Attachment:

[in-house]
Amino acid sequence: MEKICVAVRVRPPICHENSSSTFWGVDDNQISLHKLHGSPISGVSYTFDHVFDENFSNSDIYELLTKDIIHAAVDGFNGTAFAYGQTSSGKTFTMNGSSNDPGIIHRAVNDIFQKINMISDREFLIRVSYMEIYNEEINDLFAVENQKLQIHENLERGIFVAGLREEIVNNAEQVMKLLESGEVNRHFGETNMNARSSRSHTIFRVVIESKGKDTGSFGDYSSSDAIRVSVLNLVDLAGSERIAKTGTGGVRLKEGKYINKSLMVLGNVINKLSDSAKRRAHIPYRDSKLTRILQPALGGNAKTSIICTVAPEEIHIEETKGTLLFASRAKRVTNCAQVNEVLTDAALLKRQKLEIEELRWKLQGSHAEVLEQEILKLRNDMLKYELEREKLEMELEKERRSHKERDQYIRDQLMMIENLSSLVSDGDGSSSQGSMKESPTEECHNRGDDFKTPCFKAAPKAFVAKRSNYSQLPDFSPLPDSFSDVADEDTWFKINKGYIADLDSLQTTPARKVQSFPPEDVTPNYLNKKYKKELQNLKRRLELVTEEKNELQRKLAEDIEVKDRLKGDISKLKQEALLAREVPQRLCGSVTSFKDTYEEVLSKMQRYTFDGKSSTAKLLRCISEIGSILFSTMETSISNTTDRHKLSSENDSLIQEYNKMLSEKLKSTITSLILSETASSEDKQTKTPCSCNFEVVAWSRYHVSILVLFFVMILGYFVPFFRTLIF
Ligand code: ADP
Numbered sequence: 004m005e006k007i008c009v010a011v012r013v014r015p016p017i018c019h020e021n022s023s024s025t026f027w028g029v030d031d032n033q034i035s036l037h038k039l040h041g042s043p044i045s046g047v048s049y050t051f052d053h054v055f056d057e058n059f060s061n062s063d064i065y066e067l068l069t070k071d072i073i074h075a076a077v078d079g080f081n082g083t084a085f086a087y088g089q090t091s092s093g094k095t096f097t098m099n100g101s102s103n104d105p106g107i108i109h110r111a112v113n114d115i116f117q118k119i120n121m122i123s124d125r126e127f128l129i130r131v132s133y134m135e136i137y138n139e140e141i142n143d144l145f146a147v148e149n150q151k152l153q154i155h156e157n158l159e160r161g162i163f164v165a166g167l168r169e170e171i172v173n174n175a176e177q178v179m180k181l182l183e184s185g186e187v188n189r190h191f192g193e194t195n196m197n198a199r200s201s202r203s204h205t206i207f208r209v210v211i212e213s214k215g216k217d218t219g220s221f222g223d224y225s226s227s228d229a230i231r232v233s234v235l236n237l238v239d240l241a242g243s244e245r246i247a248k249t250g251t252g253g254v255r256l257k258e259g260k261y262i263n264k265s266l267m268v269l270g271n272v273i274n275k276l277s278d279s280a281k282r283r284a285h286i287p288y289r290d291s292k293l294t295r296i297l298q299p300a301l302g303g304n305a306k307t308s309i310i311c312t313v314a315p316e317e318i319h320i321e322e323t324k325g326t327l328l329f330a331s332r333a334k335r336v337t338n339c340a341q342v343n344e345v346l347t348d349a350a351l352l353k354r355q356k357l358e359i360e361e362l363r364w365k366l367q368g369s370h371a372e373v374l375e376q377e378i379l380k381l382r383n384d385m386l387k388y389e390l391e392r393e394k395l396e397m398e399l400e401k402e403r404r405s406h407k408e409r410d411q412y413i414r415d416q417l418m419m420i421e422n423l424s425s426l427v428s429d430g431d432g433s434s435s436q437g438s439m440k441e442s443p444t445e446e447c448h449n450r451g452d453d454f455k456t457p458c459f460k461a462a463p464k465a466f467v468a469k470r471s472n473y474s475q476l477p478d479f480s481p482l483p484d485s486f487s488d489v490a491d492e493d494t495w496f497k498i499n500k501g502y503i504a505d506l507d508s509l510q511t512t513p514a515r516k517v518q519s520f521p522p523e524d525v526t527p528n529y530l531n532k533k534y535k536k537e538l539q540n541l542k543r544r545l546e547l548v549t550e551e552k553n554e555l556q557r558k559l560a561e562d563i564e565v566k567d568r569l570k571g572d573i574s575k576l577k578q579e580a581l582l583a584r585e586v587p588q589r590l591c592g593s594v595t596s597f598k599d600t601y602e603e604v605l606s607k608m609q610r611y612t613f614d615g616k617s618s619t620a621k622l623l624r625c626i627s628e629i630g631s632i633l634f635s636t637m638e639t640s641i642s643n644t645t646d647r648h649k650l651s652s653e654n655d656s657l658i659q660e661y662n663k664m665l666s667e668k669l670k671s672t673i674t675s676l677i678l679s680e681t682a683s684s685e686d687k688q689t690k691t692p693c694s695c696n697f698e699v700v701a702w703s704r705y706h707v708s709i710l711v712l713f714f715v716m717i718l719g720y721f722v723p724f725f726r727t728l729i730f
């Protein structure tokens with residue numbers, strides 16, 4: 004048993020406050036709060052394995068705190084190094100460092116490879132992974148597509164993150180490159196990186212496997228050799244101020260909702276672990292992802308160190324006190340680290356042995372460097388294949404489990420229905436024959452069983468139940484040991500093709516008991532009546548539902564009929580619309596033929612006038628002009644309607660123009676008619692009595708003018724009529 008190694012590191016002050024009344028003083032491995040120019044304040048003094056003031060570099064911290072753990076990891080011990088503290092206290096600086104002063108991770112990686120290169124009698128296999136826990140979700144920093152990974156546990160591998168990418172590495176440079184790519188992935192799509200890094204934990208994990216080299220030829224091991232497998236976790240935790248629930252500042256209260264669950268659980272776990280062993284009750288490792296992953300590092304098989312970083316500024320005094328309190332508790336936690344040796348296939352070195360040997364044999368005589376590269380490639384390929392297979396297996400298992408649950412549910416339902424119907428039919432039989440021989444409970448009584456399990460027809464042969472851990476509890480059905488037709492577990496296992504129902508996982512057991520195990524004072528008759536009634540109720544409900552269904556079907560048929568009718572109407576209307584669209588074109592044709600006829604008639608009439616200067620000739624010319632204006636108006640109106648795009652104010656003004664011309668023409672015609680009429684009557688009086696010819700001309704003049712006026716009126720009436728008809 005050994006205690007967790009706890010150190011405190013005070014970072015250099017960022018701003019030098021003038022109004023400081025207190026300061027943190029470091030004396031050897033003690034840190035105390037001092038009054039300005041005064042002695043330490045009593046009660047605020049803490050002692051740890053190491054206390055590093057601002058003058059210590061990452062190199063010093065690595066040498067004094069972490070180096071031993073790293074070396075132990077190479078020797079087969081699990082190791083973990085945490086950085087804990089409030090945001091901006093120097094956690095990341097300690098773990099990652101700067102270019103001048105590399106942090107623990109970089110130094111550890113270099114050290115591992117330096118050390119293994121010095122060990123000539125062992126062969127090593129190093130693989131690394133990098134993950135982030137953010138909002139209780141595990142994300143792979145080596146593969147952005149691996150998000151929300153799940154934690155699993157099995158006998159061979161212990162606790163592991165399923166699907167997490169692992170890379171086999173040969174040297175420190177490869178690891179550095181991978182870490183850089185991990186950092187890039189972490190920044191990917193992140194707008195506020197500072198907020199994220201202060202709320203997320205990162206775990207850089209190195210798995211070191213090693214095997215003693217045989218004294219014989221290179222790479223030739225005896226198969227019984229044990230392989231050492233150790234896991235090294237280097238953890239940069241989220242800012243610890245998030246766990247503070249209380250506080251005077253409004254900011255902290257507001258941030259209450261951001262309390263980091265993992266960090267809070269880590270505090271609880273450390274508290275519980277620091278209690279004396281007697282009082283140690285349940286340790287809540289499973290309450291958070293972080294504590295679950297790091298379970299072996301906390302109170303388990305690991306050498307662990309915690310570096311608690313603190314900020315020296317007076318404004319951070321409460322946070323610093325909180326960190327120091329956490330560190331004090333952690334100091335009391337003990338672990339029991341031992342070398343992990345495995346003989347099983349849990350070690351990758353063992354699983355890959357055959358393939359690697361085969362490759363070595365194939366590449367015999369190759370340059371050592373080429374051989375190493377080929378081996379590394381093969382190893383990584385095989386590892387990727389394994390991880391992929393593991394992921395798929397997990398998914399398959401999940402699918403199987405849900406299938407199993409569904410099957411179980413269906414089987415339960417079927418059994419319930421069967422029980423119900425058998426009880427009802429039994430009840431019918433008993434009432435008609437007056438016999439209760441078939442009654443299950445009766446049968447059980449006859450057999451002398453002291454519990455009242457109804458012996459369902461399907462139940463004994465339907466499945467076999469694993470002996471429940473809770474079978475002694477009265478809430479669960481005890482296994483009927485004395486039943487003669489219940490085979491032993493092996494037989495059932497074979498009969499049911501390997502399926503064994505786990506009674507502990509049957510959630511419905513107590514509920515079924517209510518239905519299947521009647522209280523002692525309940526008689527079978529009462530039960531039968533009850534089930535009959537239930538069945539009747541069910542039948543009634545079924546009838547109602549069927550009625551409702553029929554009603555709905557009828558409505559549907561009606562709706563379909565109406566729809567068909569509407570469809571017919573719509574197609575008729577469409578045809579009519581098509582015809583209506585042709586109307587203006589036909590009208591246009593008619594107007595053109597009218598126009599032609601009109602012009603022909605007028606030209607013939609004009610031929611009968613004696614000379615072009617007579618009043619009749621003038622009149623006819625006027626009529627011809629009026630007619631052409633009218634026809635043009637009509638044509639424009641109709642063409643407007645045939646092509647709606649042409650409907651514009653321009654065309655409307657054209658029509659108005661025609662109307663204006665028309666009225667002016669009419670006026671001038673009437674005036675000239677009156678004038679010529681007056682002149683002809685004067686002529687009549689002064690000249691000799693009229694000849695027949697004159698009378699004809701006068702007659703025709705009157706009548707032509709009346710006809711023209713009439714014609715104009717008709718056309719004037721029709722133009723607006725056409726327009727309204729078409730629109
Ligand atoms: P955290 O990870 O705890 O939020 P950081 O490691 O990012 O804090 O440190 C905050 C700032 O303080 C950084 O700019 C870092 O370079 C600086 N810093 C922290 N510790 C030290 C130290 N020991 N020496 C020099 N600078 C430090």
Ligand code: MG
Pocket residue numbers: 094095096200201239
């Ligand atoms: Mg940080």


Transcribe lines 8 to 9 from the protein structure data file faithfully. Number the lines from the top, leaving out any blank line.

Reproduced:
Pocket residue numbers: 094095096200201239
């Ligand atoms: Mg940080």